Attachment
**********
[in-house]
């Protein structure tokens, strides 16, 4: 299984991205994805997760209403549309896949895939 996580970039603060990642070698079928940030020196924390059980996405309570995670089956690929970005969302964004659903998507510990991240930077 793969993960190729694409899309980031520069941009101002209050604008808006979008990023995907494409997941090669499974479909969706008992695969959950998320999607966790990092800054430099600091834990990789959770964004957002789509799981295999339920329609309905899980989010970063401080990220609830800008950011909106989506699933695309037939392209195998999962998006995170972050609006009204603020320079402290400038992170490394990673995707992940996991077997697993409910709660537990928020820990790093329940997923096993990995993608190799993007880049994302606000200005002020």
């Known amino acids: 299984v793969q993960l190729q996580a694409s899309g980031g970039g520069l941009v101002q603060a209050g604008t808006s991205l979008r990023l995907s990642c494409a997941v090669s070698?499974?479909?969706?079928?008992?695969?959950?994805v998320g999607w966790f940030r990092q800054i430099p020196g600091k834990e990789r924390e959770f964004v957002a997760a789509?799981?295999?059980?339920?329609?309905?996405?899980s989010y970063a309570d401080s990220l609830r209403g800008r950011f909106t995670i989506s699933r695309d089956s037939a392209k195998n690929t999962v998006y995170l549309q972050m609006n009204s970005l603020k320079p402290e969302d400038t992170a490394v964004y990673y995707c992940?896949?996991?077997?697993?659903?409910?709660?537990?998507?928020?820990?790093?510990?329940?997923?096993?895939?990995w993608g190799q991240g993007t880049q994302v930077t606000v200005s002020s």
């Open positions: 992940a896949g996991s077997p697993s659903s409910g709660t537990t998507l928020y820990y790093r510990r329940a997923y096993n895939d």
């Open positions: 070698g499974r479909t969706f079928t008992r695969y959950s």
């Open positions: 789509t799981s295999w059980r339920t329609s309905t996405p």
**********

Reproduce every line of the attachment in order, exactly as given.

[in-house]
């Protein structure tokens, strides 16, 4: 299984991205994805997760209403549309896949895939 996580970039603060990642070698079928940030020196924390059980996405309570995670089956690929970005969302964004659903998507510990991240930077 793969993960190729694409899309980031520069941009101002209050604008808006979008990023995907494409997941090669499974479909969706008992695969959950998320999607966790990092800054430099600091834990990789959770964004957002789509799981295999339920329609309905899980989010970063401080990220609830800008950011909106989506699933695309037939392209195998999962998006995170972050609006009204603020320079402290400038992170490394990673995707992940996991077997697993409910709660537990928020820990790093329940997923096993990995993608190799993007880049994302606000200005002020």
């Known amino acids: 299984v793969q993960l190729q996580a694409s899309g980031g970039g520069l941009v101002q603060a209050g604008t808006s991205l979008r990023l995907s990642c494409a997941v090669s070698?499974?479909?969706?079928?008992?695969?959950?994805v998320g999607w966790f940030r990092q800054i430099p020196g600091k834990e990789r924390e959770f964004v957002a997760a789509?799981?295999?059980?339920?329609?309905?996405?899980s989010y970063a309570d401080s990220l609830r209403g800008r950011f909106t995670i989506s699933r695309d089956s037939a392209k195998n690929t999962v998006y995170l549309q972050m609006n009204s970005l603020k320079p402290e969302d400038t992170a490394v964004y990673y995707c992940?896949?996991?077997?697993?659903?409910?709660?537990?998507?928020?820990?790093?510990?329940?997923?096993?895939?990995w993608g190799q991240g993007t880049q994302v930077t606000v200005s002020s």
């Open positions: 992940a896949g996991s077997p697993s659903s409910g709660t537990t998507l928020y820990y790093r510990r329940a997923y096993n895939d």
């Open positions: 070698g499974r479909t969706f079928t008992r695969y959950s």
């Open positions: 789509t799981s295999w059980r339920t329609s309905t996405p």